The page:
KIA callsign is “Stringman,” and how he can make those guitar strings sing! He
plays lead guitar, doubling up with vocal harmonies. Tagging along is
Kiado-Ryu Founder & Grandmaster, Richard Andrew King.
Richard & Richard wrote quite a few songs together, four of which, two by each
artist, can be accessed and listened to here:
(scroll down below the R & R photo)
Steve “Coyote” Vertun, KIA Black Belt #39, has
experienced the most horrific event in a parent’s life—the passing of his
son, Alexander. In his son’s memory, Steve has written, sung, performed and
produced a music CD whose anchor song is GHOST—a must-see beautiful tribute
in word, song and production. It should also be noted that Coyote’s music
engineer is the KIA’s own Jerry “Shuto” Alston,
the 28th Black Belt of the Kiado-Ryu.
Below the various links to Steve’s CD is a full explanation in his own words
regarding GHOST, its purpose and backstory. Awesome work, Coyote! Enjoy
Whitefire recently became aware of a project that I was working on. He
suggested that he wanted to participate by placing it in the next addition
of his awesome KIA newsletter. And so, here we are.
Many years ago I lost my son Alexander. It was a very trying time and it
took several years for me find a pathway to acceptance. He was 4 ½ years
old. It was as indescribable time as you can imagine it would be. He was a
wonderful, kind little human being on every imaginable level and I loved him
more than I could ever fathom to articulate. As time progressed I developed
a different perspective on the matter. For a long while I could only see my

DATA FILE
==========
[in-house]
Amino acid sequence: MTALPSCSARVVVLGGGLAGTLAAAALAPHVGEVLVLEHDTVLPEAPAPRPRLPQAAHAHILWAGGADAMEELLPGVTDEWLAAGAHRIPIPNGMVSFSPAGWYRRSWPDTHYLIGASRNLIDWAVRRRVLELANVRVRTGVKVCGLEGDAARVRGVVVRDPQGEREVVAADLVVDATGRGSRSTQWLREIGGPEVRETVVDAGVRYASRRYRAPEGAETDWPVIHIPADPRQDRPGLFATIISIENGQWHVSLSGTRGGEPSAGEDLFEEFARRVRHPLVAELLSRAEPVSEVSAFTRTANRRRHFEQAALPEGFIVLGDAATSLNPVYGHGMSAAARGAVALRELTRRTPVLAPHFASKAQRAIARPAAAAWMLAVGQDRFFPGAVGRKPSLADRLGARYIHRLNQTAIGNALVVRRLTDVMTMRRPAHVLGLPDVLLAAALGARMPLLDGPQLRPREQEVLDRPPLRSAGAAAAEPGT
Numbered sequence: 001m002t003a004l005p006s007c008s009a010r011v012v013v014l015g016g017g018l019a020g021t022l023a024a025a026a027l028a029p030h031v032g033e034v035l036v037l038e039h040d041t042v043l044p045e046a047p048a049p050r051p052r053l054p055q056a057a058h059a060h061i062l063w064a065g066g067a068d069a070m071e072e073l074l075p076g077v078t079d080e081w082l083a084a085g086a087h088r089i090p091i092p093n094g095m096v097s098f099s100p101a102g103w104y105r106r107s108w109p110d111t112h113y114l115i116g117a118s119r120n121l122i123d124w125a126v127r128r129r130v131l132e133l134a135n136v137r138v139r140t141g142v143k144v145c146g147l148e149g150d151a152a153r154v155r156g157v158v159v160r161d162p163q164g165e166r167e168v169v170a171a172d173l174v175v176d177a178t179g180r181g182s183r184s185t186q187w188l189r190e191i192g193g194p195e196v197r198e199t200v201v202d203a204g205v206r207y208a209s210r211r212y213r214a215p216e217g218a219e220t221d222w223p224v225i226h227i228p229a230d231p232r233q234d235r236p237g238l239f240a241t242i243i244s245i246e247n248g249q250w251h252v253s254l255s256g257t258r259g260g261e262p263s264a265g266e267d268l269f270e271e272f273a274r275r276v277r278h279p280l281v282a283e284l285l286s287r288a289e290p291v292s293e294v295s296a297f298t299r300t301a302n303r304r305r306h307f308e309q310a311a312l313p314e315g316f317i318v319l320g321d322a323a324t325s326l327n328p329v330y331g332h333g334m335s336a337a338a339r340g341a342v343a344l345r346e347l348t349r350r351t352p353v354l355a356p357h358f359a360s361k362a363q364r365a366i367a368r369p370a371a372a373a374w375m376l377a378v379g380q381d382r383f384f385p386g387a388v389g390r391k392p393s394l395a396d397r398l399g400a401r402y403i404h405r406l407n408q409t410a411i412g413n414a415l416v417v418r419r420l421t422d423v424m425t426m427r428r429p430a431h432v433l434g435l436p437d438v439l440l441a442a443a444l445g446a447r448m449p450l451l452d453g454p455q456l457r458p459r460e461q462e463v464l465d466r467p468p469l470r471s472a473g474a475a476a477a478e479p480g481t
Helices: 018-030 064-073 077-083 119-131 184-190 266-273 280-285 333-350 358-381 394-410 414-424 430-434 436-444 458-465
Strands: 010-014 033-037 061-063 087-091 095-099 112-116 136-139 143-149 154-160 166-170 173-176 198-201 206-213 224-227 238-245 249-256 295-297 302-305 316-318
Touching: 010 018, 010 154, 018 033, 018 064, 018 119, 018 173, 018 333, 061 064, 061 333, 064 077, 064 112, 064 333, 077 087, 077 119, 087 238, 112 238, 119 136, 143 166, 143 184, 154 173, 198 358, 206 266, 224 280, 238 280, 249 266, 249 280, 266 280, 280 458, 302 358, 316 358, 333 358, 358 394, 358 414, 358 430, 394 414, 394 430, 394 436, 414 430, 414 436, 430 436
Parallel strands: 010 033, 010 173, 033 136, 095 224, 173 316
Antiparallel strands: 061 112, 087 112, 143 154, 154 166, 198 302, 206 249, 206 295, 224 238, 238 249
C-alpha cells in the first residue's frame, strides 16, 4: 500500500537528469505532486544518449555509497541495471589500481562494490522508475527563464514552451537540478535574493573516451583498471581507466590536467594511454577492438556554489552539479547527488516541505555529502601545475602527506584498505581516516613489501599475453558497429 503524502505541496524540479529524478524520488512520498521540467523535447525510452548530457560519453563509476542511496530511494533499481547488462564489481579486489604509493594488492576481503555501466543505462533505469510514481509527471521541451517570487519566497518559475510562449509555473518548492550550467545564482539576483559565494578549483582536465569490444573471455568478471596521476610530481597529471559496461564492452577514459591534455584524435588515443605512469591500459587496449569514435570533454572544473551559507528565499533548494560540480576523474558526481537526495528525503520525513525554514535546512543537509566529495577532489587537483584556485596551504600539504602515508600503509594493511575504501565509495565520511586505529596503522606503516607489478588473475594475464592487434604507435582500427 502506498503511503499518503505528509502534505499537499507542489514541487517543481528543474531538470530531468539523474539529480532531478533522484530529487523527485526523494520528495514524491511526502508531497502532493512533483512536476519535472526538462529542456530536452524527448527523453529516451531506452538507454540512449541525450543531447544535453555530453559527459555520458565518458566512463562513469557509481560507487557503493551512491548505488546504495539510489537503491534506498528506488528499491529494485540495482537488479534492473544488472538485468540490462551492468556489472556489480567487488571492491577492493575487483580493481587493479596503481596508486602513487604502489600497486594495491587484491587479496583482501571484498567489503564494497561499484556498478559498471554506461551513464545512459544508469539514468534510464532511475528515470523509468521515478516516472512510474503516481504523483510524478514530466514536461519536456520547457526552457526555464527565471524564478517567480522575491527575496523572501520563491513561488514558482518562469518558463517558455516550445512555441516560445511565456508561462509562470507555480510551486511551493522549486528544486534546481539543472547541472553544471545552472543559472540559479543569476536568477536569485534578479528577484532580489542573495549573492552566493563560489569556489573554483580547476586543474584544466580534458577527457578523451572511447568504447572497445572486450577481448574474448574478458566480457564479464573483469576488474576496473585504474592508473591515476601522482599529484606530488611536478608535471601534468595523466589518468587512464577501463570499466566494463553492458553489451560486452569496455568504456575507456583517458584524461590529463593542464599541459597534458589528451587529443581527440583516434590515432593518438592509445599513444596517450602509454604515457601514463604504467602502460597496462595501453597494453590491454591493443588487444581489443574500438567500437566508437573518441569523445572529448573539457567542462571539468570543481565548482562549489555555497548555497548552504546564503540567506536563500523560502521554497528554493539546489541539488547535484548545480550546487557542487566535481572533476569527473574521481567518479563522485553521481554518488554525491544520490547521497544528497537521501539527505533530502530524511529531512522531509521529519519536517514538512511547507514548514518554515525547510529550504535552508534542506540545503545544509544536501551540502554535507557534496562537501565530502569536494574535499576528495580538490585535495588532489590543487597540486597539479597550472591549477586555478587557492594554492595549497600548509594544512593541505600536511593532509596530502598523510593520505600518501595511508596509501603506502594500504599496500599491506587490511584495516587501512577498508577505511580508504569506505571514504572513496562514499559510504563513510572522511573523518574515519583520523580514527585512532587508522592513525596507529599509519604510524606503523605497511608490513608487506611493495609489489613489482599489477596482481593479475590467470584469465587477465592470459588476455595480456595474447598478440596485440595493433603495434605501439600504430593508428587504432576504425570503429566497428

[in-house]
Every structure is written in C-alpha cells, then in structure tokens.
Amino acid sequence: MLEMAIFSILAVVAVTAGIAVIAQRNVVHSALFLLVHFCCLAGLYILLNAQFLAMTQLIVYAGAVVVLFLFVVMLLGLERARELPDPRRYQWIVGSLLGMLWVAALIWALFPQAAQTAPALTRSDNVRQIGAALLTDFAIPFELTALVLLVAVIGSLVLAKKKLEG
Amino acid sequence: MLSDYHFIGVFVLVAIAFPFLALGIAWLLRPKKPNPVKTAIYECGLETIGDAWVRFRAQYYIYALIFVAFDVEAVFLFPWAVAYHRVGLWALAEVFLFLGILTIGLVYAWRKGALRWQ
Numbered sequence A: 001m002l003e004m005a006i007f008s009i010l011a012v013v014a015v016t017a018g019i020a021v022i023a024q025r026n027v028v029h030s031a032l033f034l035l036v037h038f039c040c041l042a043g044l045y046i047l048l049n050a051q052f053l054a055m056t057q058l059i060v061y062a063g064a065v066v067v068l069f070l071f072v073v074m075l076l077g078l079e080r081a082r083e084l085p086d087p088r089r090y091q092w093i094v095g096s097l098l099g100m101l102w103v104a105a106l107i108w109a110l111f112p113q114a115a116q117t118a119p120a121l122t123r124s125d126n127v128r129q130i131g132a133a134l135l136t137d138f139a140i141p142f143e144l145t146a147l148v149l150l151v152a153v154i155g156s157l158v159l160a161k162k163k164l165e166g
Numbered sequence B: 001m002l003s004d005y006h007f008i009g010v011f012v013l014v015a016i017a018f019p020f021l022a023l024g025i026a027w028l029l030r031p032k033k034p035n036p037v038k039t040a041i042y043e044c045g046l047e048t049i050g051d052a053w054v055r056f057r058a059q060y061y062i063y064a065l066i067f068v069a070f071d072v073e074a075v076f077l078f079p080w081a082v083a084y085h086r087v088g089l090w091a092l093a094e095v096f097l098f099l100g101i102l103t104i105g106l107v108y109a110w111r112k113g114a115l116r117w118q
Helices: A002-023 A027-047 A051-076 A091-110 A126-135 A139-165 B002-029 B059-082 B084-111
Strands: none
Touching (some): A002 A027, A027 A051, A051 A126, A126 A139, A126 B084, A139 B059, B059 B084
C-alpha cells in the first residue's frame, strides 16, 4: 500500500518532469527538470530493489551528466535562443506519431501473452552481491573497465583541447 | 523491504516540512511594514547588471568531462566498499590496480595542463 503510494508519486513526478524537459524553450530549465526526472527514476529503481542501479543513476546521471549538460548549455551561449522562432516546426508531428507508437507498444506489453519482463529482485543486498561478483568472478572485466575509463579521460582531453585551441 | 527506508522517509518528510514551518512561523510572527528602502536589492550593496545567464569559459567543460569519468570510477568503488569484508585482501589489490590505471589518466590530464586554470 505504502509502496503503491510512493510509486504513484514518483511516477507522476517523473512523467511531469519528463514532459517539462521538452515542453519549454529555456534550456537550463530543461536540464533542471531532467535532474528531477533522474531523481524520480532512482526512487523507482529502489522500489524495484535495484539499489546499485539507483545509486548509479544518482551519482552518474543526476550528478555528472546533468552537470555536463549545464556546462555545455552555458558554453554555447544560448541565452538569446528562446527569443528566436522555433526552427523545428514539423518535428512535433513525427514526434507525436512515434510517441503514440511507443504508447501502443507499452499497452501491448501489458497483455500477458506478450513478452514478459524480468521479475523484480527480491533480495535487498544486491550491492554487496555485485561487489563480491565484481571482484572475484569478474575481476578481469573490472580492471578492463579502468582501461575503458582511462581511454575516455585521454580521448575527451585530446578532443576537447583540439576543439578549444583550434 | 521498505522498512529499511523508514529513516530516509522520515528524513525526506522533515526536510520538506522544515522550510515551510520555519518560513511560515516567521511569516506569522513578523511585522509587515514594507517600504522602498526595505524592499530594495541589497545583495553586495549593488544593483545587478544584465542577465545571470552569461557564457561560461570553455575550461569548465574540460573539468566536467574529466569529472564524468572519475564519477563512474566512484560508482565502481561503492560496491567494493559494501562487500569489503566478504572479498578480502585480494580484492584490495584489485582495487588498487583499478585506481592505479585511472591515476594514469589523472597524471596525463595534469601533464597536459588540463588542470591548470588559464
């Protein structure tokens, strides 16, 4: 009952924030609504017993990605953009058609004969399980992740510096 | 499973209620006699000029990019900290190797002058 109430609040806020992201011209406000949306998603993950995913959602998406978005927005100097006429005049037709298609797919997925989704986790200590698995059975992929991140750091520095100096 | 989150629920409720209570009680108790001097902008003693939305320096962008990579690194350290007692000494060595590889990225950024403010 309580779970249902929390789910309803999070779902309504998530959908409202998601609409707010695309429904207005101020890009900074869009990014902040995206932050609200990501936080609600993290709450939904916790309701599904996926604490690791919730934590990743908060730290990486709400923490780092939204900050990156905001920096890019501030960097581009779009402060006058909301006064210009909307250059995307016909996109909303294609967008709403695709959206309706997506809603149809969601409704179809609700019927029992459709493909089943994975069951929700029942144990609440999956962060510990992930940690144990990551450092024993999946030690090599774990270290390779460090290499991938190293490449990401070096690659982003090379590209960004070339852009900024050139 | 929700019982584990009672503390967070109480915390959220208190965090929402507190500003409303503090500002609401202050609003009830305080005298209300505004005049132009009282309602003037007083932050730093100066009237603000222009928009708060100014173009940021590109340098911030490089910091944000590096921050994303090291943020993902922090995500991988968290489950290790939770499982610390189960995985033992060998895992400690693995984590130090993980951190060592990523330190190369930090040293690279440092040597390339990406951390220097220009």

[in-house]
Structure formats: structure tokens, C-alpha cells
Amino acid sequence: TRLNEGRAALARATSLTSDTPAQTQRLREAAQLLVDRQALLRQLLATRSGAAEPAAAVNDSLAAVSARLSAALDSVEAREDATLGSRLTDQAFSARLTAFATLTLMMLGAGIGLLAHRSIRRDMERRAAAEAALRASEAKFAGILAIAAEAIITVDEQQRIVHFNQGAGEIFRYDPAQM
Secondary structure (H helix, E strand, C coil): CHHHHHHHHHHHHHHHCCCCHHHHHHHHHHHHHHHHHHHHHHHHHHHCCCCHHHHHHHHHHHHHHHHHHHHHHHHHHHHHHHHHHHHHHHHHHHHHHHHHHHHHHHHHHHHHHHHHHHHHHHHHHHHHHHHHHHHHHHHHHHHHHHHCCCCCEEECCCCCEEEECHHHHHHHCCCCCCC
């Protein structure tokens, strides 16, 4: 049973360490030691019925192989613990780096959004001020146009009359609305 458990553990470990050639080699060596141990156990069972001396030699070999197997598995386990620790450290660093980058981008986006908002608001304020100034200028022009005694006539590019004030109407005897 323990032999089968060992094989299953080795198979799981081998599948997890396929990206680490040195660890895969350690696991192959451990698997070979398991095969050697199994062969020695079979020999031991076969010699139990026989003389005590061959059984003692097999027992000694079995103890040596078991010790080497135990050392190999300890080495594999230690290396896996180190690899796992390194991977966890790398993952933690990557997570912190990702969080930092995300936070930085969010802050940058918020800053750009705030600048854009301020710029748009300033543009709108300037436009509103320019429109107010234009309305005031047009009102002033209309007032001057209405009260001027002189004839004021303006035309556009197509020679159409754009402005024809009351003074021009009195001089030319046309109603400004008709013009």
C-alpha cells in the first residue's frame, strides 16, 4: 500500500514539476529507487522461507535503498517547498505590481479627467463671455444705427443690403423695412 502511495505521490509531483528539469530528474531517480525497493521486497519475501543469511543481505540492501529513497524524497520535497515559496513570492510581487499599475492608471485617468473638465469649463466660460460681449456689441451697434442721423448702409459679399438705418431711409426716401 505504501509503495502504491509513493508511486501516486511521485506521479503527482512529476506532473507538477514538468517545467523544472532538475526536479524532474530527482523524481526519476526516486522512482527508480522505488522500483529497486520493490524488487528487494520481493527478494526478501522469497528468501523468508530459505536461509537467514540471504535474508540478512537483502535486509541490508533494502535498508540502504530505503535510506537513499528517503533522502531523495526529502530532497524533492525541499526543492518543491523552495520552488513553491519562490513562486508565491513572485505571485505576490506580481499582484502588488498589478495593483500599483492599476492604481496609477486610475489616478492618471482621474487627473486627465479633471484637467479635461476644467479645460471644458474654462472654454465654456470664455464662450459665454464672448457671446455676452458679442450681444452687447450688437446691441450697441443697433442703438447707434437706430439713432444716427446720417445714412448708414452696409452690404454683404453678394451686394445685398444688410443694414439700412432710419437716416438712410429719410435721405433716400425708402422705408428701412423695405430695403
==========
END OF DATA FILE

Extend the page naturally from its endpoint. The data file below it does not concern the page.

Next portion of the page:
own pain and discomfort. As a life long musician, it followed that moving
through this would involve music as a natural outlet.
One of the songs, Ghost, (along with the rest of the CD Ghost, Shadow and
Sun) was written at a time of transition, when I was starting to see things
on a wider plane as while I was starting to transition towards some daylight
on the matter and my gaining of a calmer perspective. The Ghost Video
concept came few of years later as the CD was finally being mastered. (Jerry
“Shuto” Alston engineered the CD. He has been working with me for 20+ years
on my Eye Savant musical endeavors and as I transitioned into a solo artist.
His work and ear are excellent, he is very kind and patient when it comes to
my OCD perfectionist streak and he has been an incredible partner throughout
all of this, personally and professionally. Love this guy!
The inspiration and resulting purpose purpose of the video was to provide
other people a level of support while considering their own personal tragedy